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(Columbus, OH) – Protection of fishing, hunting, and shooting on national forest and public lands has taken a step forward with the Senate introduction of the Recreational Fishing and Hunting Heritage and Opportunities Act. Introduced by Senators Lisa Murkowski (R-Alaska) and Joe Manchin (D-West Virginia), the measure is backed by the U.S. Sportsmen's Alliance, American Sportfishing Association, National Rifle Association, Safari Club International, Congressional Sportsmen's Foundation, and others in the angling, hunting and wildlife conservation community.
The bill will protect fishing, hunting, trapping, recreational shooting and wildlife management practices on more than 400 million acres of public land across America managed by the U.S. Forest Service and Bureau of Land Management. The measure mandates that these public lands are open until closed for angling, hunting and shooting while enabling the agencies to make specific closures or restrictions determined to be necessary and supported by sound facts and evidence. The bill is patterned after the 1997 National Wildlife Refuge Improvement Act which made fishing and hunting "priority public uses" on federal wildlife refuge system lands and has helped protect fishing and hunting there from anti-fishing/anti-hunting zealots.
by Chad D. Baus
Recently, Grey House Publishing, based in Amenia, NY, sent me a copy of the Second Edition of Encyclopedia of Gun Control & Gun Rights. According to an accompanying press release, the first edition was published by Greenwood Press in 1999.
Reviewing an encyclopedia may seem a bit of a tall order, especially since, I will freely admit, I have not read the 550 page volume cover to cover. But encyclopedias aren't meant to be read page for page, but rather are to be used as a reference guide. I will also admit that, in this age of the Internet, I honestly hadn't realized encyclopedias were still being published. (Indeed, in the preface the authors credit the Internet as an "extremely valuable source of information [used] in preparing this book.") Judging by the press release, Grey House Publishing's primary target market for the volume is libraries.
The authors of the Second Edition of Encyclopedia of Gun Control & Gun Rights are Glenn H. Utter and Robert J. Spitzer. Despite the extensiveness of the volume, I had to go to the Internet to determine just who these men are.
Glenn H. Utter, Ph.D. is Professor and Chair of the Department of Political Science at Lamar University, Texas. Utter was the sole author of the first edition of the encyclopedia in 1999. He has also written other articles and books, including The Evolving Gun Culture In America and Religion and Politics, which features a cover photo of the late Osama bin Laden.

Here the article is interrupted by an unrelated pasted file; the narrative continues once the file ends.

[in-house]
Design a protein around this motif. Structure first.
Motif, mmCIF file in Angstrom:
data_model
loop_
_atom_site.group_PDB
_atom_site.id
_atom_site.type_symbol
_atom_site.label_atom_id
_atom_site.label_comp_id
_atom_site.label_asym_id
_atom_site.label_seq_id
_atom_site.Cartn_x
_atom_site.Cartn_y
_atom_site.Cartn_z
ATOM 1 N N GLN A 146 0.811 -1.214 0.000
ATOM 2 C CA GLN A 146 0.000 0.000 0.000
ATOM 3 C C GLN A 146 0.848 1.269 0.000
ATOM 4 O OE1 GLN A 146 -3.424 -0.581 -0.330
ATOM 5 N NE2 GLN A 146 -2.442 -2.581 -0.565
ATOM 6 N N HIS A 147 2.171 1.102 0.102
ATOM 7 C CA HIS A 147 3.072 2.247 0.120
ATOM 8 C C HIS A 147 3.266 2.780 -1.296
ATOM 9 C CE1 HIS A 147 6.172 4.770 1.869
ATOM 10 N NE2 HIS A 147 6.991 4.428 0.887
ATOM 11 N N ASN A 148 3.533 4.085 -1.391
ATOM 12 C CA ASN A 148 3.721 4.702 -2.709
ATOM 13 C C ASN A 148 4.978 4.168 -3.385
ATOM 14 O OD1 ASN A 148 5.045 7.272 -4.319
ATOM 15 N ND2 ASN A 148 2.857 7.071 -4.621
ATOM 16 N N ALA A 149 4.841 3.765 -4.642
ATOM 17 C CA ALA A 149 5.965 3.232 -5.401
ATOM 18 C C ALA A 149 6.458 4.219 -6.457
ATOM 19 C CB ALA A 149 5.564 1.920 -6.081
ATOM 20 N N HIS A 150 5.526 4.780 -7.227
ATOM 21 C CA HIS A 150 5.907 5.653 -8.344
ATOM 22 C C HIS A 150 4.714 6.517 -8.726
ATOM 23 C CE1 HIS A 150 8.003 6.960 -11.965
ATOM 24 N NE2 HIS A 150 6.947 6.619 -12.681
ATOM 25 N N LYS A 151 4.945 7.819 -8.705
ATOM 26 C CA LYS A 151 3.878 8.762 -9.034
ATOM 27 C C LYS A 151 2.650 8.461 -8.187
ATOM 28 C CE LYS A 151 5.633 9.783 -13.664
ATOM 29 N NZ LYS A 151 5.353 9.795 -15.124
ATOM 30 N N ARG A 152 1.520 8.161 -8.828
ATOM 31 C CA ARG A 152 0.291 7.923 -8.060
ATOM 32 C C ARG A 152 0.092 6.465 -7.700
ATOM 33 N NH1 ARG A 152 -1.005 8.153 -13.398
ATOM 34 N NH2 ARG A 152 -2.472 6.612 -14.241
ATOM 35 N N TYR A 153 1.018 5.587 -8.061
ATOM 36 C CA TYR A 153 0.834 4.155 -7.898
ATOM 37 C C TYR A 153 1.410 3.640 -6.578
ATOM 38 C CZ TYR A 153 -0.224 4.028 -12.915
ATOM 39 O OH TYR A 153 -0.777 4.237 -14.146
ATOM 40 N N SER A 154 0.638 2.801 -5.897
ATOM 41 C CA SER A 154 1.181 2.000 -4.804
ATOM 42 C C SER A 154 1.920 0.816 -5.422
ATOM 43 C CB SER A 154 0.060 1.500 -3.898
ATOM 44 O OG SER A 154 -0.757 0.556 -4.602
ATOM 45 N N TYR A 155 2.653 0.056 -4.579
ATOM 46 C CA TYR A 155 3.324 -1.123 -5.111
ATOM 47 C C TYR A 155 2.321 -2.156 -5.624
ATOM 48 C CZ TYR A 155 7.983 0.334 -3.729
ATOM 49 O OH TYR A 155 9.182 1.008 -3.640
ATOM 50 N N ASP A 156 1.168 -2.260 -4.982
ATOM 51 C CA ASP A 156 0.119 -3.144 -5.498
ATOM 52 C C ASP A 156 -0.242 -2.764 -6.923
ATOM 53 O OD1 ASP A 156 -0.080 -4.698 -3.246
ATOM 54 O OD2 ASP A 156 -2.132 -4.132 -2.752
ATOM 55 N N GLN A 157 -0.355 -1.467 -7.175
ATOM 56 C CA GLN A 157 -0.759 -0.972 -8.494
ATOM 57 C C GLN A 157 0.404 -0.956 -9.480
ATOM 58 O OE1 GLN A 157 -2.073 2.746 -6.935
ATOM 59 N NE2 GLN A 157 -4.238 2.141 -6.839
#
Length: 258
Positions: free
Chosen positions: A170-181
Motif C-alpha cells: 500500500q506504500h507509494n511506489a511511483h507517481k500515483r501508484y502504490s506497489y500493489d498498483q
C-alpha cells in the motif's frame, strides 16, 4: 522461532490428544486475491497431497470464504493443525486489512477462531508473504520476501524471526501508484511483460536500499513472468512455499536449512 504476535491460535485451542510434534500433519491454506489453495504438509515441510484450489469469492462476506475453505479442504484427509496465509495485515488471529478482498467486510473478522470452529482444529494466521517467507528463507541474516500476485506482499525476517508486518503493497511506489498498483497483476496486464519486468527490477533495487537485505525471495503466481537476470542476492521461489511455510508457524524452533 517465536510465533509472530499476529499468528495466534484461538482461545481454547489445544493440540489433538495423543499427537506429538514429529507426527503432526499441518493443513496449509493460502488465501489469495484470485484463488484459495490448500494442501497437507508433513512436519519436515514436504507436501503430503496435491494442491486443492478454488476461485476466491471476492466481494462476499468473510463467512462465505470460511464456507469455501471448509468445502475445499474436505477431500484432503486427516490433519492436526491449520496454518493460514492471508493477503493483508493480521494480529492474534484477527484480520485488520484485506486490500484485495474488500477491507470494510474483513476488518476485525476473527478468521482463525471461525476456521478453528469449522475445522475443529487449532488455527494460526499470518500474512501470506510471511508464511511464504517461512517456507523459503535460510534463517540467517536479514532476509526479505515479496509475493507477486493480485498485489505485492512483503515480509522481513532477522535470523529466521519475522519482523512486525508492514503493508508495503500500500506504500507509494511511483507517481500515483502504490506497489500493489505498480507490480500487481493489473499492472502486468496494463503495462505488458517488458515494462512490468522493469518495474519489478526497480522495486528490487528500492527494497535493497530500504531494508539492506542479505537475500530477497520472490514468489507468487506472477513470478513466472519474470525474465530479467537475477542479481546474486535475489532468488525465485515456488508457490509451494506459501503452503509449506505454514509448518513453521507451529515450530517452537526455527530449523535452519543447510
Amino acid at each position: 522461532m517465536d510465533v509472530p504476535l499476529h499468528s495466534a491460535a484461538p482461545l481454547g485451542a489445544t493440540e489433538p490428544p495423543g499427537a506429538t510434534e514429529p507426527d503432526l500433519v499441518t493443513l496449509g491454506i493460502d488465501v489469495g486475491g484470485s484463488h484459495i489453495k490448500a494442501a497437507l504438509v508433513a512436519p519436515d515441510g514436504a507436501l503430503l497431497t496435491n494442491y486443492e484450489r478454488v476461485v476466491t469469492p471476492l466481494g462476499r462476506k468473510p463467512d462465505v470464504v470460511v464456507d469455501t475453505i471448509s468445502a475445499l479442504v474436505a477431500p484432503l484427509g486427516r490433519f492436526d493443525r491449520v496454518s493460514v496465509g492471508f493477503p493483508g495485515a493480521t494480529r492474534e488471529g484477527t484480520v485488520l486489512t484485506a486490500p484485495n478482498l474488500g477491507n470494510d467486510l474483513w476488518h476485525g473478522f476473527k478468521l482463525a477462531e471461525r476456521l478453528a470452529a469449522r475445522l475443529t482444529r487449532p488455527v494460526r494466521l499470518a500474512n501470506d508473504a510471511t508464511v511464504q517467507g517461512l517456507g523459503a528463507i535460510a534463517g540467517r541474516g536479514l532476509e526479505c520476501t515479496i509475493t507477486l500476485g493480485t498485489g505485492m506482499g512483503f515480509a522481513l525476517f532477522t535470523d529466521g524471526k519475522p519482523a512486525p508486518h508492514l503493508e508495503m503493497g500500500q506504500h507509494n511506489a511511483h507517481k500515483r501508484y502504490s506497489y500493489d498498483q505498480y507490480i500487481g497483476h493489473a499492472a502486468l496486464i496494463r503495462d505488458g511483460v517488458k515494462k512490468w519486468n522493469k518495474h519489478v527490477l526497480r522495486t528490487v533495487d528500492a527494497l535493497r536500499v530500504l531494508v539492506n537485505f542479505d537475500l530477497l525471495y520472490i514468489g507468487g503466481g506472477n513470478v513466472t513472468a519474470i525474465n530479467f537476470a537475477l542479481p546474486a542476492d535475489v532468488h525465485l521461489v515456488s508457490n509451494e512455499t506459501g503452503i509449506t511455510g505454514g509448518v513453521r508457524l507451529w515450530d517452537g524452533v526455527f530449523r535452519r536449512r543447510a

Robert J. Spitzer is a political science professor at the State University of New York at Cortland. His other books include Gun Control: A Documentary and Reference Guide and The Politics of Gun Control. In the Chicago-Kent Law Review's Symposium on the Second Amendment in 2000, Spitzer argued against the notion that the Constitution recognizes an individual right to bear arms. Spitzer has also published an article at The Huffington Post in 2011 criticizing Students For Concealed Carry On Campus. (Note: SCCC isn't deemed worthy of an entry in the encyclopedia, but does get one mention in a lengthy entry about the Virginia Tech shooting. That entry concludes that a better way to have contained the violence at VT than concealed carry on campus would have been a better adherence to federal "requirements that educational institutions...publish a yearly report of campus security policies and crime data, and provide prompt warnings to the campus community about crime threads.")
Spitzer appears the encyclopedia he co-wrote, in an entry on Gary Kleck - the University of Florida professor of criminology and criminal justice whose research in the 1990's famously concluded that firearms are used defensively as many as 2.5 million times each year. Spitzer is listed in the encyclopedia entry as a critic of Kleck's, and citations to his book The Politics of Gun Control are listed in the Kleck entry as well as in a later entry on Suicide.
So now that we have established a better idea of who the authors are, let us consider what type of information they deem worthy of being included in the encyclopedia.